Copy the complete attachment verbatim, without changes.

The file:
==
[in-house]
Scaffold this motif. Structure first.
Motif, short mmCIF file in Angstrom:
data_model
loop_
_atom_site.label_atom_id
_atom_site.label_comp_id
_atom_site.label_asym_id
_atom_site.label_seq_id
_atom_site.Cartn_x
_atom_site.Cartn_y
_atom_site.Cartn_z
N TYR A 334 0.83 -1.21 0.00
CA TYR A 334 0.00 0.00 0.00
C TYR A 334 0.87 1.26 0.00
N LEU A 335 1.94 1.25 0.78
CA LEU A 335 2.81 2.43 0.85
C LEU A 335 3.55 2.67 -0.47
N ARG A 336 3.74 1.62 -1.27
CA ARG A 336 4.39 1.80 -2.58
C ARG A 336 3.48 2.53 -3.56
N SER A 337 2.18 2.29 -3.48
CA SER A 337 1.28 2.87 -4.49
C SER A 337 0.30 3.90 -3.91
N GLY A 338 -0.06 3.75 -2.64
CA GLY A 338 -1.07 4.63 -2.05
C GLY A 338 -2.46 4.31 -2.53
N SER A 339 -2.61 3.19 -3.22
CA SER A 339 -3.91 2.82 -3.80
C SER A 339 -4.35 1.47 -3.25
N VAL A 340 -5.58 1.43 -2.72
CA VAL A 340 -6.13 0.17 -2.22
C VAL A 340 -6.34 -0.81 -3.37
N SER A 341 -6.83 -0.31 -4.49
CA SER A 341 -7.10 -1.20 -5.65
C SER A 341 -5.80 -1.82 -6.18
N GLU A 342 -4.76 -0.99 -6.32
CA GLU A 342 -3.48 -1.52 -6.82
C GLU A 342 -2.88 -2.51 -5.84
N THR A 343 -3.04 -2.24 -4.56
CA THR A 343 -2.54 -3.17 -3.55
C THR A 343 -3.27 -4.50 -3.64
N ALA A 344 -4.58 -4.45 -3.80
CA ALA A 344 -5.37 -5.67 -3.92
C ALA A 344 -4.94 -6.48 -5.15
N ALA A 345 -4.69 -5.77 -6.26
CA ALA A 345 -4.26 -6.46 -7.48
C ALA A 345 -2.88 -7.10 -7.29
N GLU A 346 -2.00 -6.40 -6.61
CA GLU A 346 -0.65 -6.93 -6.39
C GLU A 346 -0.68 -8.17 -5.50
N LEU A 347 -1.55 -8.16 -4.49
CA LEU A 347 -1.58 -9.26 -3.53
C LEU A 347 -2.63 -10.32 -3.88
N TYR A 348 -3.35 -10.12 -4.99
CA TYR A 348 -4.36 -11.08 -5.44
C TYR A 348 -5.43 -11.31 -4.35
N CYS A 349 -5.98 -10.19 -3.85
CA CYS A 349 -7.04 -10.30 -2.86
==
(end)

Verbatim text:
[in-house]
Scaffold this motif. Structure first.
Motif, short mmCIF file in Angstrom:
data_model
loop_
_atom_site.label_atom_id
_atom_site.label_comp_id
_atom_site.label_asym_id
_atom_site.label_seq_id
_atom_site.Cartn_x
_atom_site.Cartn_y
_atom_site.Cartn_z
N TYR A 334 0.83 -1.21 0.00
CA TYR A 334 0.00 0.00 0.00
C TYR A 334 0.87 1.26 0.00
N LEU A 335 1.94 1.25 0.78
CA LEU A 335 2.81 2.43 0.85
C LEU A 335 3.55 2.67 -0.47
N ARG A 336 3.74 1.62 -1.27
CA ARG A 336 4.39 1.80 -2.58
C ARG A 336 3.48 2.53 -3.56
N SER A 337 2.18 2.29 -3.48
CA SER A 337 1.28 2.87 -4.49
C SER A 337 0.30 3.90 -3.91
N GLY A 338 -0.06 3.75 -2.64
CA GLY A 338 -1.07 4.63 -2.05
C GLY A 338 -2.46 4.31 -2.53
N SER A 339 -2.61 3.19 -3.22
CA SER A 339 -3.91 2.82 -3.80
C SER A 339 -4.35 1.47 -3.25
N VAL A 340 -5.58 1.43 -2.72
CA VAL A 340 -6.13 0.17 -2.22
C VAL A 340 -6.34 -0.81 -3.37
N SER A 341 -6.83 -0.31 -4.49
CA SER A 341 -7.10 -1.20 -5.65
C SER A 341 -5.80 -1.82 -6.18
N GLU A 342 -4.76 -0.99 -6.32
CA GLU A 342 -3.48 -1.52 -6.82
C GLU A 342 -2.88 -2.51 -5.84
N THR A 343 -3.04 -2.24 -4.56
CA THR A 343 -2.54 -3.17 -3.55
C THR A 343 -3.27 -4.50 -3.64
N ALA A 344 -4.58 -4.45 -3.80
CA ALA A 344 -5.37 -5.67 -3.92
C ALA A 344 -4.94 -6.48 -5.15
N ALA A 345 -4.69 -5.77 -6.26
CA ALA A 345 -4.26 -6.46 -7.48
C ALA A 345 -2.88 -7.10 -7.29
N GLU A 346 -2.00 -6.40 -6.61
CA GLU A 346 -0.65 -6.93 -6.39
C GLU A 346 -0.68 -8.17 -5.50
N LEU A 347 -1.55 -8.16 -4.49
CA LEU A 347 -1.58 -9.26 -3.53
C LEU A 347 -2.63 -10.32 -3.88
N TYR A 348 -3.35 -10.12 -4.99
CA TYR A 348 -4.36 -11.08 -5.44
C TYR A 348 -5.43 -11.31 -4.35
N CYS A 349 -5.98 -10.19 -3.85
CA CYS A 349 -7.04 -10.30 -2.86